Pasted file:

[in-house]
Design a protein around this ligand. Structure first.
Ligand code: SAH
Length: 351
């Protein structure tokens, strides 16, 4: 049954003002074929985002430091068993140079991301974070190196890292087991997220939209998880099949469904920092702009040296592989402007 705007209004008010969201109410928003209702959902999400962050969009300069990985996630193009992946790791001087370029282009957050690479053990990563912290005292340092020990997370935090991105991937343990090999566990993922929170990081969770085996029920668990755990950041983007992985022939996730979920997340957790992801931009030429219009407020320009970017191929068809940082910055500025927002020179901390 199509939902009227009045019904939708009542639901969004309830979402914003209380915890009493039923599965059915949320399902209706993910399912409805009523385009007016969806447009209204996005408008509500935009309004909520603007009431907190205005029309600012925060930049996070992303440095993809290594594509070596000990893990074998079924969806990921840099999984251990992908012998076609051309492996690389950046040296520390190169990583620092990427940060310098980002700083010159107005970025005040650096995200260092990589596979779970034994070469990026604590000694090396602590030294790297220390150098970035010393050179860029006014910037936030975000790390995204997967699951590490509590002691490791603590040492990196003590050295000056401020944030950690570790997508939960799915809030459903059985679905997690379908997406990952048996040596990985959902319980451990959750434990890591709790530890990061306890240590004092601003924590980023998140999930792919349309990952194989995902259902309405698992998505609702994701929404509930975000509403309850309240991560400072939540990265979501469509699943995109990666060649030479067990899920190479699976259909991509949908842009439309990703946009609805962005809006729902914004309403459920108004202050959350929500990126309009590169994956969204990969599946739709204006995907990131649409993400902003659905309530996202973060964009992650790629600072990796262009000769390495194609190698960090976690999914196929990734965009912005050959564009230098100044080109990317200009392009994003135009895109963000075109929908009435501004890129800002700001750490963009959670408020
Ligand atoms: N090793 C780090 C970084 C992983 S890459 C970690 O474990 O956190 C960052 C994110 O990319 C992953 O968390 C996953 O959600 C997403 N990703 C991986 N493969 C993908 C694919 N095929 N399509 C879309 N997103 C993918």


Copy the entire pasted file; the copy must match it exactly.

[in-house]
Design a protein around this ligand. Structure first.
Ligand code: SAH
Length: 351
């Protein structure tokens, strides 16, 4: 049954003002074929985002430091068993140079991301974070190196890292087991997220939209998880099949469904920092702009040296592989402007 705007209004008010969201109410928003209702959902999400962050969009300069990985996630193009992946790791001087370029282009957050690479053990990563912290005292340092020990997370935090991105991937343990090999566990993922929170990081969770085996029920668990755990950041983007992985022939996730979920997340957790992801931009030429219009407020320009970017191929068809940082910055500025927002020179901390 199509939902009227009045019904939708009542639901969004309830979402914003209380915890009493039923599965059915949320399902209706993910399912409805009523385009007016969806447009209204996005408008509500935009309004909520603007009431907190205005029309600012925060930049996070992303440095993809290594594509070596000990893990074998079924969806990921840099999984251990992908012998076609051309492996690389950046040296520390190169990583620092990427940060310098980002700083010159107005970025005040650096995200260092990589596979779970034994070469990026604590000694090396602590030294790297220390150098970035010393050179860029006014910037936030975000790390995204997967699951590490509590002691490791603590040492990196003590050295000056401020944030950690570790997508939960799915809030459903059985679905997690379908997406990952048996040596990985959902319980451990959750434990890591709790530890990061306890240590004092601003924590980023998140999930792919349309990952194989995902259902309405698992998505609702994701929404509930975000509403309850309240991560400072939540990265979501469509699943995109990666060649030479067990899920190479699976259909991509949908842009439309990703946009609805962005809006729902914004309403459920108004202050959350929500990126309009590169994956969204990969599946739709204006995907990131649409993400902003659905309530996202973060964009992650790629600072990796262009000769390495194609190698960090976690999914196929990734965009912005050959564009230098100044080109990317200009392009994003135009895109963000075109929908009435501004890129800002700001750490963009959670408020
Ligand atoms: N090793 C780090 C970084 C992983 S890459 C970690 O474990 O956190 C960052 C994110 O990319 C992953 O968390 C996953 O959600 C997403 N990703 C991986 N493969 C993908 C694919 N095929 N399509 C879309 N997103 C993918």